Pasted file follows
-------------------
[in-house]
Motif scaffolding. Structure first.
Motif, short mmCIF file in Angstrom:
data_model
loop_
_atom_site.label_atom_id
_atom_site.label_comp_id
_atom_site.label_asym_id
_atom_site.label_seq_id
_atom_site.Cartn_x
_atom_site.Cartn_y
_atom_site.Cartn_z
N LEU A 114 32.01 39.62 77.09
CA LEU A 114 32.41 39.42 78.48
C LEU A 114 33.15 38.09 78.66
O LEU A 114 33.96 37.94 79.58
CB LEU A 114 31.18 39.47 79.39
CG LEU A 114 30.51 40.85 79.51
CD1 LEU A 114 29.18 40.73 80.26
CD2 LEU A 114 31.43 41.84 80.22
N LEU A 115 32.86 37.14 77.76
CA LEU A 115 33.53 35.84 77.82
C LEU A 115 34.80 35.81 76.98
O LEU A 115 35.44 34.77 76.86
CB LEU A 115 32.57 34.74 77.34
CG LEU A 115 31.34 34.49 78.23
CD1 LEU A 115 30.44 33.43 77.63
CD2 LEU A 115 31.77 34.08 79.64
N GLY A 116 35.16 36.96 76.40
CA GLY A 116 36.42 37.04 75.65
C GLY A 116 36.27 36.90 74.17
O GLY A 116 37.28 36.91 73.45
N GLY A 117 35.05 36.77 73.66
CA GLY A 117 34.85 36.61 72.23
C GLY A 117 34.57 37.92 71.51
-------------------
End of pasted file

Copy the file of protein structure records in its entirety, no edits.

[in-house]
Motif scaffolding. Structure first.
Motif, short mmCIF file in Angstrom:
data_model
loop_
_atom_site.label_atom_id
_atom_site.label_comp_id
_atom_site.label_asym_id
_atom_site.label_seq_id
_atom_site.Cartn_x
_atom_site.Cartn_y
_atom_site.Cartn_z
N LEU A 114 32.01 39.62 77.09
CA LEU A 114 32.41 39.42 78.48
C LEU A 114 33.15 38.09 78.66
O LEU A 114 33.96 37.94 79.58
CB LEU A 114 31.18 39.47 79.39
CG LEU A 114 30.51 40.85 79.51
CD1 LEU A 114 29.18 40.73 80.26
CD2 LEU A 114 31.43 41.84 80.22
N LEU A 115 32.86 37.14 77.76
CA LEU A 115 33.53 35.84 77.82
C LEU A 115 34.80 35.81 76.98
O LEU A 115 35.44 34.77 76.86
CB LEU A 115 32.57 34.74 77.34
CG LEU A 115 31.34 34.49 78.23
CD1 LEU A 115 30.44 33.43 77.63
CD2 LEU A 115 31.77 34.08 79.64
N GLY A 116 35.16 36.96 76.40
CA GLY A 116 36.42 37.04 75.65
C GLY A 116 36.27 36.90 74.17
O GLY A 116 37.28 36.91 73.45
N GLY A 117 35.05 36.77 73.66
CA GLY A 117 34.85 36.61 72.23
C GLY A 117 34.57 37.92 71.51